Coach of Custer County Schools Knowledge Bowl team, Laura Krall, [email protected]
Heidi Peterson, chairperson of south region, [email protected]
Loretta Schmidt, chairperson of north region, [email protected]

Wyoming
Eric Kestner <[email protected]> is the state director of the Wyoming Academic Challenge. I've been e-mailing him a bit lately, so I can contact him.
[email protected] is the coach at Riverside, who has been one of better teams in the state?

If there's any other area I should look into, I can do that. (I can also reach out to some of these people once we figure out a pitch.)
Colin McNamara, Boise State University
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Re: Introducing pyramidal quiz bowl to Knowledge Bowl circuits

Post by Deviant Insider »

The next step might be contacting people we know and seeing what they want and what is possible. Colin probably has the best connections to Montana and Wyoming, and might have an in to Washington. There are good quizbowl people in Colorado, Washington, and Minnesota that might have a sense of who to talk to there, though I know Minnesota has had some tension between the Twin Cities and the rest of the state. South Dakota might be the only place where we don't have any contacts.
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Re: Introducing pyramidal quiz bowl to Knowledge Bowl circuits

Post by tiwonge »

Because the format of Knowledge Bowl includes written questions, quiz bowl questions aren't going to be a perfect substitute, unless somebody wants to write written questions, too. But that's not too say that they might not be interested in a substitute product.
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Re: Introducing pyramidal quiz bowl to Knowledge Bowl circuits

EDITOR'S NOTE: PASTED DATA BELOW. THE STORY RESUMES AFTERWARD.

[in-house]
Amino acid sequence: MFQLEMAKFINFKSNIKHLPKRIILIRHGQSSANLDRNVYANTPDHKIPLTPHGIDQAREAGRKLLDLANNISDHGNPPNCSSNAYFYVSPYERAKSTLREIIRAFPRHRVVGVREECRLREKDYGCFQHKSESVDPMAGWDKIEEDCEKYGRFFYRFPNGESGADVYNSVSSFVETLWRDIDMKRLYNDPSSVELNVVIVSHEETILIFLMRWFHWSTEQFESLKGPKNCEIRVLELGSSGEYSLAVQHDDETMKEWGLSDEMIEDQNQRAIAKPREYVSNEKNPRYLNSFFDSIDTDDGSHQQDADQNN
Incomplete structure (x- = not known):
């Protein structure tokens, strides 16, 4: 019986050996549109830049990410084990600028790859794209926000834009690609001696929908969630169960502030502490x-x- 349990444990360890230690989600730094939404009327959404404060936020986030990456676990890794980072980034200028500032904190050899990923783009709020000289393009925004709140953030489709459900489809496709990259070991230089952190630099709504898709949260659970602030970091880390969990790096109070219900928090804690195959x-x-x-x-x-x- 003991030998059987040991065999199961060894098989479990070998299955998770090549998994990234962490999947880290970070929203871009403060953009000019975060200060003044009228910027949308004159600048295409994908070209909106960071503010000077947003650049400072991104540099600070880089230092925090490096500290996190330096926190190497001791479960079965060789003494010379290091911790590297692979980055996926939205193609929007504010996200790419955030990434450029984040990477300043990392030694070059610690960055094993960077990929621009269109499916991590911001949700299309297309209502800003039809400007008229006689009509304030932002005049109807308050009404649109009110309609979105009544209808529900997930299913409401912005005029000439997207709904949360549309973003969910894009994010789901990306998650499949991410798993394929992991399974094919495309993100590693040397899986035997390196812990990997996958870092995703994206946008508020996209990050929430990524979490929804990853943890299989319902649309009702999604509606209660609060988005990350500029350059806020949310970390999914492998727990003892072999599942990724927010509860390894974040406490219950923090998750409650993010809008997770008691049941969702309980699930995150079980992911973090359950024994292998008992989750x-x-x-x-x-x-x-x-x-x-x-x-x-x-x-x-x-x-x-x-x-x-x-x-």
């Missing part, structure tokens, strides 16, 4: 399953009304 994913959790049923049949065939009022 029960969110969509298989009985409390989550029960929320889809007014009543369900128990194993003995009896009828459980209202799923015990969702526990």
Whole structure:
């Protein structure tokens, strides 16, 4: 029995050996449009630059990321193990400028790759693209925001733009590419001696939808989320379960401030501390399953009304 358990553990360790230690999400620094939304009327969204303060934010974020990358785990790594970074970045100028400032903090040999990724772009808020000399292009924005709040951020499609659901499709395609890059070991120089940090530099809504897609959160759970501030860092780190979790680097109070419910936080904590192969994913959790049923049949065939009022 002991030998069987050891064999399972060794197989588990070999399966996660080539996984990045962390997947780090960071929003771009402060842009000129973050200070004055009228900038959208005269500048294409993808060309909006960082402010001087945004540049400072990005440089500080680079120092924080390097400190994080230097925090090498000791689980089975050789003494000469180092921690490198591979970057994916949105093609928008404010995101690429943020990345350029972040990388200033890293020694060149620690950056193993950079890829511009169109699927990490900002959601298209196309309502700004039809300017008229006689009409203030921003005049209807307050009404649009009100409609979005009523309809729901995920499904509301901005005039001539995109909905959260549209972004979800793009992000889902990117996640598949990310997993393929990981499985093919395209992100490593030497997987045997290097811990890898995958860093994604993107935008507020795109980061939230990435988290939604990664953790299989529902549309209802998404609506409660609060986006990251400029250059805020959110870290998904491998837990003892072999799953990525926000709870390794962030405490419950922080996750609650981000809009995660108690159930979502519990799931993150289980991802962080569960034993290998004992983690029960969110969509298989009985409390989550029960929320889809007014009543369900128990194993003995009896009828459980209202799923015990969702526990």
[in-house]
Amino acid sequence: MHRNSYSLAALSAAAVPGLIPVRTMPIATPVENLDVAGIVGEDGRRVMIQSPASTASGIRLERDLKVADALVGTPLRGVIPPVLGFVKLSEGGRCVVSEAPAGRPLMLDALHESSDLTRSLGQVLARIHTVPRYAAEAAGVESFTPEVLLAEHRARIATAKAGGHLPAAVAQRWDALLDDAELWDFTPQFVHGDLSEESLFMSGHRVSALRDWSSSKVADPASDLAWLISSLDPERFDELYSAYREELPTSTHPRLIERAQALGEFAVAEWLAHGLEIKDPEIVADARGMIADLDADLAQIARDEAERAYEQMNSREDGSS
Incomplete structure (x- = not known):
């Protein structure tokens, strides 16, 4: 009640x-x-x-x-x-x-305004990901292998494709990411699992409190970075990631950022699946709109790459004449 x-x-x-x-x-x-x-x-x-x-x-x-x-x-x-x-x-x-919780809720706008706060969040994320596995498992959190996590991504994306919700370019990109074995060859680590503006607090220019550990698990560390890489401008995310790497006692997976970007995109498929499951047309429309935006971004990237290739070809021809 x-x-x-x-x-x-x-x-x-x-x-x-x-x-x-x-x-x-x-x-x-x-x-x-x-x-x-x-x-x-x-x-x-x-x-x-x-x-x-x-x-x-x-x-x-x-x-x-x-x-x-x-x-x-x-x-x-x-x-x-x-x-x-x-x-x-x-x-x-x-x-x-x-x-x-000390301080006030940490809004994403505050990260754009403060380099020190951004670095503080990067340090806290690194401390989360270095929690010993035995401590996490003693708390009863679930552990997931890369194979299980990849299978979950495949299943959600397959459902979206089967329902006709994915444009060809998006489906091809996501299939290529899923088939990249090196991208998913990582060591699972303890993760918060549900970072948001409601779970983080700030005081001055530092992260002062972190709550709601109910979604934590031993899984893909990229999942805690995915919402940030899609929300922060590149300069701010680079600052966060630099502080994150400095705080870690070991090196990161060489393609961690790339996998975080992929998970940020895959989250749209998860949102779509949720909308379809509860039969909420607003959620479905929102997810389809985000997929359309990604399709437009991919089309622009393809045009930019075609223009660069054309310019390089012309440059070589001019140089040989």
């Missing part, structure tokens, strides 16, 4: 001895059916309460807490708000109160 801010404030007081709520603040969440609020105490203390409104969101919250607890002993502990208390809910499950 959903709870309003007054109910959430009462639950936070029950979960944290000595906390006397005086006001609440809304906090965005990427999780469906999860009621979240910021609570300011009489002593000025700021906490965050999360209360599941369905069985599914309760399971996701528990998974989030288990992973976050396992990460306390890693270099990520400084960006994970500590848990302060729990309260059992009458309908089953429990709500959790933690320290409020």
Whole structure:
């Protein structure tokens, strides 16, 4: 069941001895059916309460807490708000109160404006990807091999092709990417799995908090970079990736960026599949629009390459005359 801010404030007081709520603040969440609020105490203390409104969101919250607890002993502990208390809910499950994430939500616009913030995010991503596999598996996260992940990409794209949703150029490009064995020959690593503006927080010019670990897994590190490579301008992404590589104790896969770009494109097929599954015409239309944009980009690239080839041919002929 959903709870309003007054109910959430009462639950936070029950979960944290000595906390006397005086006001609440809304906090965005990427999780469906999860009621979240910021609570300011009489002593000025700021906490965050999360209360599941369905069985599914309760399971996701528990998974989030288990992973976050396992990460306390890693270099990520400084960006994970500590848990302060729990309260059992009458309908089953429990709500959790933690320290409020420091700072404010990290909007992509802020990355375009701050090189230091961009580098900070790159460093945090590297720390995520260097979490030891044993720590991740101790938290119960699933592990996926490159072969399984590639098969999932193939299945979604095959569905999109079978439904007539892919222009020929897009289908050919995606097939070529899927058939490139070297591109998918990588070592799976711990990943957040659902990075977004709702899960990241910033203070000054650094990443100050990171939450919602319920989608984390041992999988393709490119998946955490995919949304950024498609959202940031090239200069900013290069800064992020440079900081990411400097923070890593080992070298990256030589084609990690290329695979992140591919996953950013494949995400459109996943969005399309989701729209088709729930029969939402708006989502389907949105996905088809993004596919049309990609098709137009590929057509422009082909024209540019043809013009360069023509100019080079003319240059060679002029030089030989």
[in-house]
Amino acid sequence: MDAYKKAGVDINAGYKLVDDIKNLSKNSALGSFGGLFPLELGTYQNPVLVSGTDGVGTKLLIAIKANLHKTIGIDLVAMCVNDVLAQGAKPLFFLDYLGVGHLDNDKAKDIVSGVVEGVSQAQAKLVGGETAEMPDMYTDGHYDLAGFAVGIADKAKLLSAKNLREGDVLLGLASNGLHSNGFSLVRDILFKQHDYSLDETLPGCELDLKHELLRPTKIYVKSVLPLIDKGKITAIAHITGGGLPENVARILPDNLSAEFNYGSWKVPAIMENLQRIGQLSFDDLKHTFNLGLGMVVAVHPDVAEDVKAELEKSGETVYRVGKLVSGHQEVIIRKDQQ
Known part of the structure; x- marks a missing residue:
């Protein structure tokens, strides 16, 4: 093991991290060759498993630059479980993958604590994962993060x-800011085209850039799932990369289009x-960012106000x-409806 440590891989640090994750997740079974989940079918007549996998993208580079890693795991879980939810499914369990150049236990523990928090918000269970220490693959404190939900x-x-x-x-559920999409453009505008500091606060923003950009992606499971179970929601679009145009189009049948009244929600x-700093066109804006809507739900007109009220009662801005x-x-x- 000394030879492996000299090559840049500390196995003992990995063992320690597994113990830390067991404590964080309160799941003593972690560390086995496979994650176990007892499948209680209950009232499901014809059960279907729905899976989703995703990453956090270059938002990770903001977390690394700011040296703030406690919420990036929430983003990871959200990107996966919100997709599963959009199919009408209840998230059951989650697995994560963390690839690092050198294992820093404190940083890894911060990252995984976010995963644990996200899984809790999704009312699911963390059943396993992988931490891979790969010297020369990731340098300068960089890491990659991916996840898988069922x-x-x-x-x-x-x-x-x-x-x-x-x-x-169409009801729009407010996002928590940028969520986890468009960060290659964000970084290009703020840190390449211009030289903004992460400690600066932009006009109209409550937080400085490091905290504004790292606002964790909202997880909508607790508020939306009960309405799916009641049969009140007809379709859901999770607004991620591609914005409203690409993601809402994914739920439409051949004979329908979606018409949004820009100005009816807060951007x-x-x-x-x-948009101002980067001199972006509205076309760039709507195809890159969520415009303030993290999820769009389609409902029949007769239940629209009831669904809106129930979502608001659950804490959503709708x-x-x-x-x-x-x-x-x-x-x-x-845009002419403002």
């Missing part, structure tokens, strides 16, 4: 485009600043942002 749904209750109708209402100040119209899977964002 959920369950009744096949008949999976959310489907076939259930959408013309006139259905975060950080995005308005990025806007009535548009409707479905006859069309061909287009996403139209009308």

Post by tiwonge »

Response from Jeremy McNinch
I am the coach of our high school Knowledge Bowl team, and one of the league coordinators for the Pierce County (WA) Knowledge Bowl league. We have regular competitions weekly from December through February. It really is a lot of fun.
I was not aware that Academic Hallmarks was going out of business! No more Great Auk?!? I am going to send some emails and see what I can find out. I would be shocked if Washington State did not have KB- we have been doing it for 36 years!
I do know that there are Quiz Bowl tourneys in our local area. Unfortunately, these are usually in the spring, and I am also the head baseball coach, so I am not able to coordinate that as well. But if KB is a no-go, that may be where I turn next. I get the emails about the tourneys when they are sent though.
(I'm guessing that the Washington circuit doesn't maintain a mailing list, because it doesn't appear that he was aware of UW's Fall Classic. I'm guessing that Justin et al probably contacted the KB state coordinator and asked them to forward information, and sometimes that happens and sometimes it doesn't. But just a guess.)
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Re: Introducing pyramidal quiz bowl to Knowledge Bowl circuits

Post by Mike Bentley »

tiwonge wrote:
Tue Jan 21, 2020 12:25 am
Response from Jeremy McNinch
I am the coach of our high school Knowledge Bowl team, and one of the league coordinators for the Pierce County (WA) Knowledge Bowl league. We have regular competitions weekly from December through February. It really is a lot of fun.
I was not aware that Academic Hallmarks was going out of business! No more Great Auk?!? I am going to send some emails and see what I can find out. I would be shocked if Washington State did not have KB- we have been doing it for 36 years!
I do know that there are Quiz Bowl tourneys in our local area. Unfortunately, these are usually in the spring, and I am also the head baseball coach, so I am not able to coordinate that as well. But if KB is a no-go, that may be where I turn next. I get the emails about the tourneys when they are sent though.
(I'm guessing that the Washington circuit doesn't maintain a mailing list, because it doesn't appear that he was aware of UW's Fall Classic. I'm guessing that Justin et al probably contacted the KB state coordinator and asked them to forward information, and sometimes that happens and sometimes it doesn't. But just a guess.)
The UW team has a Google Doc of contacts but not a formal mailing list.
Mike Bentley
VP of Editing, Partnership for Academic Competition Excellence
Adviser, Quizbowl Team at University of Washington
University of Maryland, Class of 2008